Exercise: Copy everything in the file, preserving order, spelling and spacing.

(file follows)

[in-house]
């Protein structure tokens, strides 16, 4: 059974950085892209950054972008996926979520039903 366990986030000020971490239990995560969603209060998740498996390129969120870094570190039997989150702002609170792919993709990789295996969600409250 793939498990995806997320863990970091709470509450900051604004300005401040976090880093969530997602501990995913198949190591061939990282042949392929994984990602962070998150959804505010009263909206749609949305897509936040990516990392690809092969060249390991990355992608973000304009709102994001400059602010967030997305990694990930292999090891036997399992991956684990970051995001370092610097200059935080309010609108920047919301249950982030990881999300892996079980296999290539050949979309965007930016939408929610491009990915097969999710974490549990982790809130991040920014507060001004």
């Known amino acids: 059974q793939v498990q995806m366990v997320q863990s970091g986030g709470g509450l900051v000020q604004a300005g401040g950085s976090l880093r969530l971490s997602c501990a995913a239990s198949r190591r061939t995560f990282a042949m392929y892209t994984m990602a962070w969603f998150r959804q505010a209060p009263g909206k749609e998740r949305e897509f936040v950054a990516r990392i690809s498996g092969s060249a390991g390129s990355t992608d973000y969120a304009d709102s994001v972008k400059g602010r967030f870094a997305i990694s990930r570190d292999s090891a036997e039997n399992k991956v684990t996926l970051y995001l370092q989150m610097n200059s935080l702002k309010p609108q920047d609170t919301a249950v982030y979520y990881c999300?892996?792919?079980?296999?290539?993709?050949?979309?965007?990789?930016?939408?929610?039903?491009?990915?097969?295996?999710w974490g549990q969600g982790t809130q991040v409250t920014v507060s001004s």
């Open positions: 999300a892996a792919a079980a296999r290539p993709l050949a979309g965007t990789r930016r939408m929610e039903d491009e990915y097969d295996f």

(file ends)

[in-house]
């Protein structure tokens, strides 16, 4: 059974950085892209950054972008996926979520039903 366990986030000020971490239990995560969603209060998740498996390129969120870094570190039997989150702002609170792919993709990789295996969600409250 793939498990995806997320863990970091709470509450900051604004300005401040976090880093969530997602501990995913198949190591061939990282042949392929994984990602962070998150959804505010009263909206749609949305897509936040990516990392690809092969060249390991990355992608973000304009709102994001400059602010967030997305990694990930292999090891036997399992991956684990970051995001370092610097200059935080309010609108920047919301249950982030990881999300892996079980296999290539050949979309965007930016939408929610491009990915097969999710974490549990982790809130991040920014507060001004």
């Known amino acids: 059974q793939v498990q995806m366990v997320q863990s970091g986030g709470g509450l900051v000020q604004a300005g401040g950085s976090l880093r969530l971490s997602c501990a995913a239990s198949r190591r061939t995560f990282a042949m392929y892209t994984m990602a962070w969603f998150r959804q505010a209060p009263g909206k749609e998740r949305e897509f936040v950054a990516r990392i690809s498996g092969s060249a390991g390129s990355t992608d973000y969120a304009d709102s994001v972008k400059g602010r967030f870094a997305i990694s990930r570190d292999s090891a036997e039997n399992k991956v684990t996926l970051y995001l370092q989150m610097n200059s935080l702002k309010p609108q920047d609170t919301a249950v982030y979520y990881c999300?892996?792919?079980?296999?290539?993709?050949?979309?965007?990789?930016?939408?929610?039903?491009?990915?097969?295996?999710w974490g549990q969600g982790t809130q991040v409250t920014v507060s001004s």
């Open positions: 999300a892996a792919a079980a296999r290539p993709l050949a979309g965007t990789r930016r939408m929610e039903d491009e990915y097969d295996f």